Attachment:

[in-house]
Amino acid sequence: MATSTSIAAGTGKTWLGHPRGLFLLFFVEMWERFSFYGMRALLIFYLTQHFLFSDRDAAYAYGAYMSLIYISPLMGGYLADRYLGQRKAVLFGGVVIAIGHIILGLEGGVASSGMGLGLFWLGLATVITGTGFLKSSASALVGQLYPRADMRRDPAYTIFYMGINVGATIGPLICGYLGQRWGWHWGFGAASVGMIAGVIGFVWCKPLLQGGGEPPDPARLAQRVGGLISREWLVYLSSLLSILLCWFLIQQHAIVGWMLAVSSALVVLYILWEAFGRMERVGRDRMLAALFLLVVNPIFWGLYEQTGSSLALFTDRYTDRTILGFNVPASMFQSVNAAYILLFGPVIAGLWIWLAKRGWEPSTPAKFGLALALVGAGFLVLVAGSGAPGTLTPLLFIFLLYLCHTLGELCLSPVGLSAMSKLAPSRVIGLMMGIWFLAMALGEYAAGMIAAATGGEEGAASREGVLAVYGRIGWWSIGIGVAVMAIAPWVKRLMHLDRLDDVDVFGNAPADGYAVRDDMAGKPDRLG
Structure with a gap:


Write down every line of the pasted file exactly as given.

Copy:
[in-house]
Amino acid sequence: MATSTSIAAGTGKTWLGHPRGLFLLFFVEMWERFSFYGMRALLIFYLTQHFLFSDRDAAYAYGAYMSLIYISPLMGGYLADRYLGQRKAVLFGGVVIAIGHIILGLEGGVASSGMGLGLFWLGLATVITGTGFLKSSASALVGQLYPRADMRRDPAYTIFYMGINVGATIGPLICGYLGQRWGWHWGFGAASVGMIAGVIGFVWCKPLLQGGGEPPDPARLAQRVGGLISREWLVYLSSLLSILLCWFLIQQHAIVGWMLAVSSALVVLYILWEAFGRMERVGRDRMLAALFLLVVNPIFWGLYEQTGSSLALFTDRYTDRTILGFNVPASMFQSVNAAYILLFGPVIAGLWIWLAKRGWEPSTPAKFGLALALVGAGFLVLVAGSGAPGTLTPLLFIFLLYLCHTLGELCLSPVGLSAMSKLAPSRVIGLMMGIWFLAMALGEYAAGMIAAATGGEEGAASREGVLAVYGRIGWWSIGIGVAVMAIAPWVKRLMHLDRLDDVDVFGNAPADGYAVRDDMAGKPDRLG
Structure with a gap: